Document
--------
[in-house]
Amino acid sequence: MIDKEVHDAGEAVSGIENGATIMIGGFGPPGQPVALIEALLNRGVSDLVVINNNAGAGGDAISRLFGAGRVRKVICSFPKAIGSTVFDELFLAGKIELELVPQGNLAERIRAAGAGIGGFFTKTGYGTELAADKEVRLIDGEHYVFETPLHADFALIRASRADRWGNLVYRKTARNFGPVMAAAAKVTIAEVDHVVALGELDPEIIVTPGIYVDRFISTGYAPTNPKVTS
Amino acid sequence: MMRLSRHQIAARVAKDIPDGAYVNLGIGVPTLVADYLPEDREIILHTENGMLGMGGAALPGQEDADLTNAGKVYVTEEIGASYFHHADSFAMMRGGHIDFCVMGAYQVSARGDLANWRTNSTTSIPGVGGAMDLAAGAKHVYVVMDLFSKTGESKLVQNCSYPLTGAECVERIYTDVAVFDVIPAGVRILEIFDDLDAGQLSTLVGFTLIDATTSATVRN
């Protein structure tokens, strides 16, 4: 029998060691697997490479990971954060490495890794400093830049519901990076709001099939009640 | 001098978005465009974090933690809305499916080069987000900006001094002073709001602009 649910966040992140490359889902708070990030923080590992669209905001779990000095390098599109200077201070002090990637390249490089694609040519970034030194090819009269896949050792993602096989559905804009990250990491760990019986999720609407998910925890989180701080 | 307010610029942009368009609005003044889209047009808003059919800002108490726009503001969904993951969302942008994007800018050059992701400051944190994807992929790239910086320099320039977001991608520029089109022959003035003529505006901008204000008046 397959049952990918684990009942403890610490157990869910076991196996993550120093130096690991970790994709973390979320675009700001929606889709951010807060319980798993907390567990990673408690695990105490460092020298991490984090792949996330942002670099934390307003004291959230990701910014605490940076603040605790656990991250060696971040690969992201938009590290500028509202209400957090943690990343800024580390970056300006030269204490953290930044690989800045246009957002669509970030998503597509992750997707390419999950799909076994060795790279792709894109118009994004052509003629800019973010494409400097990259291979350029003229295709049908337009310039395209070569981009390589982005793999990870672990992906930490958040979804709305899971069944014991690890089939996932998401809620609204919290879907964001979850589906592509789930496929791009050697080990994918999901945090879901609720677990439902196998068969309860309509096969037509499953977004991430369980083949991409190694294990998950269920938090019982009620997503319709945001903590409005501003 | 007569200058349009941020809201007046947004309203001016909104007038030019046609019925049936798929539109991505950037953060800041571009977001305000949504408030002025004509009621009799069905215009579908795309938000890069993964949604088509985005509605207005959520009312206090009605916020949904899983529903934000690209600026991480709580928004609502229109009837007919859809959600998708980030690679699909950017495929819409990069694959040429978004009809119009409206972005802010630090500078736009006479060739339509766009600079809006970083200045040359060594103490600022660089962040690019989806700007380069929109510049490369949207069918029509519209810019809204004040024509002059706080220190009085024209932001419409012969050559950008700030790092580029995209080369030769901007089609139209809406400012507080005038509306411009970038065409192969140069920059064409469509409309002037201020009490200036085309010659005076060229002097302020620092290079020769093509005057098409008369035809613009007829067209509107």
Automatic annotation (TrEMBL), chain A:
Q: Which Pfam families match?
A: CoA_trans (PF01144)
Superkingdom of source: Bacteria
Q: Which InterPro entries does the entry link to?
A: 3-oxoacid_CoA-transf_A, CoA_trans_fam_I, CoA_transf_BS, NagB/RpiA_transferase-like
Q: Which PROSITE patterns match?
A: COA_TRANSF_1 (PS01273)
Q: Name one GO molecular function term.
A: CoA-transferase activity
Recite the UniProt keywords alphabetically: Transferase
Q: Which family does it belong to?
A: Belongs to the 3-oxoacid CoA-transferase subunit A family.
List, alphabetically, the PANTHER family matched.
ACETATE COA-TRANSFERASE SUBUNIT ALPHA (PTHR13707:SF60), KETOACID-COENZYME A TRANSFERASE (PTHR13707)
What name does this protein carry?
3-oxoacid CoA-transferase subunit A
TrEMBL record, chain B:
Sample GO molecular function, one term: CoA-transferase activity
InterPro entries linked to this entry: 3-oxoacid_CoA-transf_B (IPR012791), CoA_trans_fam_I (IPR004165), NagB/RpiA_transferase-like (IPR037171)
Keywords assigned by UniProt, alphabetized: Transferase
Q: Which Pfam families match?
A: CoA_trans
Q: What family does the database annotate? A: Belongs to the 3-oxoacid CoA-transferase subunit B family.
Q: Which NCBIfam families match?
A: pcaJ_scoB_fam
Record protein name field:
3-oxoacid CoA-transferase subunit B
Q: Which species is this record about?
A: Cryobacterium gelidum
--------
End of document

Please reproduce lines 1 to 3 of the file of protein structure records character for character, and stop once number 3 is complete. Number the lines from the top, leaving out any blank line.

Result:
[in-house]
Amino acid sequence: MIDKEVHDAGEAVSGIENGATIMIGGFGPPGQPVALIEALLNRGVSDLVVINNNAGAGGDAISRLFGAGRVRKVICSFPKAIGSTVFDELFLAGKIELELVPQGNLAERIRAAGAGIGGFFTKTGYGTELAADKEVRLIDGEHYVFETPLHADFALIRASRADRWGNLVYRKTARNFGPVMAAAAKVTIAEVDHVVALGELDPEIIVTPGIYVDRFISTGYAPTNPKVTS
Amino acid sequence: MMRLSRHQIAARVAKDIPDGAYVNLGIGVPTLVADYLPEDREIILHTENGMLGMGGAALPGQEDADLTNAGKVYVTEEIGASYFHHADSFAMMRGGHIDFCVMGAYQVSARGDLANWRTNSTTSIPGVGGAMDLAAGAKHVYVVMDLFSKTGESKLVQNCSYPLTGAECVERIYTDVAVFDVIPAGVRILEIFDDLDAGQLSTLVGFTLIDATTSATVRN